Austrian Schoolgirls Set Muslim Classmate’s Headscarf on Fire


by: on December 9th, 2009 | 6 Comments »

This story is a dramatic example of the increasing pressure European Muslims face, as rightwing nationalism makes its grim resurgence.

What is especially troubling is how this political tension is affecting the lives of children and teenagers. No one should have to go through her or his own mini-Kristallnacht at a school, field trip or school event.

The anti-Islamophobia site LoonWatch.com, citing The Croatian Times, has reported the following incident:

Two schoolgirls are to be expelled after setting a Muslim girl’s hijab headscarf on fire during a school trip.

The 15-year-old girls, from Graz, Austria, escaped race hate charges by claiming the attack was a prank and not related to the victim’s religion.

LoonWatch goes on to quote an article in The Austrian News, commenting on this incident, discussing how it reflects growing insecurity among Muslim Austrian girls and women who choose to wear hijab.


Alan Keyes Attacks Sarah Palin’s Pro-Life Credentials


by: on December 6th, 2009 | 4 Comments »

This initially surprised me. Sarah Palin has been criticized on many grounds. (I would try to list them, but their number, like the demons that afflicted the Gerasene demoniac in the Gospel of Mark, are legion). Being insufficiently conservative on social policy is not one of them. Alan Keyes, however, never ceases to amaze even the most jaded political observer. He has attacked Sarah Palin for not being a genuine pro-life candidate. He charges that she has expressed her opposition to abortion only in personal terms, but has given no principled, ideological reasons for limiting or banning abortion. In doing so, she leaves herself room to waffle later on. Here’s a summary of his view:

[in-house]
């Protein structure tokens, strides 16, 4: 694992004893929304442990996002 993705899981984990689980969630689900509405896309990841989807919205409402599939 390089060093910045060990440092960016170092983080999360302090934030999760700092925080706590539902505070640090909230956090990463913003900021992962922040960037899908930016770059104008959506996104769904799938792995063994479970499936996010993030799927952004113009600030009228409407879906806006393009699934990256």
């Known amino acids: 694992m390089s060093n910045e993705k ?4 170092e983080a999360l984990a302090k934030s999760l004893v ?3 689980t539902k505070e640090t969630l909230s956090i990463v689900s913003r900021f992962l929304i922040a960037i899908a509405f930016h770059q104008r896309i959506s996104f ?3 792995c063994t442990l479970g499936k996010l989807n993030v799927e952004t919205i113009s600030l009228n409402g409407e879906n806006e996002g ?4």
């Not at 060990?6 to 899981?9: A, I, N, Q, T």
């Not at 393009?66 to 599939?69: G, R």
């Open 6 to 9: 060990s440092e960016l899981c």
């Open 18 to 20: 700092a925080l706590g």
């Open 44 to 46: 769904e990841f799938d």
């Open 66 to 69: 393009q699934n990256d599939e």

Recent Death of a Swiss Historian; an Antifascist “Conservative Patriot”


by: on December 6th, 2009 | Comments Off

The Financial Times has a story on the work and recent death of Jean-François Bergier, a Swiss economic historian who chaired an international commission that examined Switzerland’s policies in World War II. Calling himself a “conservative patriot,” Bergier apparently believed that the highest patriotic duty is to help one’s nation understand itself, looking at both lights and shadows.

The story of how he came to chair the commission is fairly dramatic:

Revelations about the dormant Swiss bank accounts of Holocaust victims and the stonewalling that greeted the efforts of relatives to gain access drew such stinging international criticism that in December 1996 Switzerland set up an international commission of experts to examine the country’s wartime role. Bergier was roused from his bed late at night by a call from officials in Bern and asked to take on the job of chairing it. He was given quarter of an hour to make up his mind — and agreed….

Backed by a staff of about 100, the commission, which reported in March 2002, went well beyond the initial question of relations with Nazi Germany. In 25 volumes and almost 11,500 pages, Bergier and his colleagues delved much deeper, encompassing the Swiss government’s approach to the thousands of Jews seeking entry to escape Nazi oppression.

Among other issues, the commission examined Switzerland’s wartime immigration policy — a topic relevant to the Swiss minaret ban controversy, since most Swiss Muslims are refugees from the former Yugoslavia:

Immigration was an acutely sensitive issue just before and during the war, with Bern intensely aware of the risks of provoking the Nazis. Some Allied countries, let alone nonbelligerents, hardly extended a warm welcome to Jewish refugees. But the commission concluded that Bern, tainted by anti-Semitism, could have done much more and was aware of the fate of those turned away — “needlessly” as Bergier stated.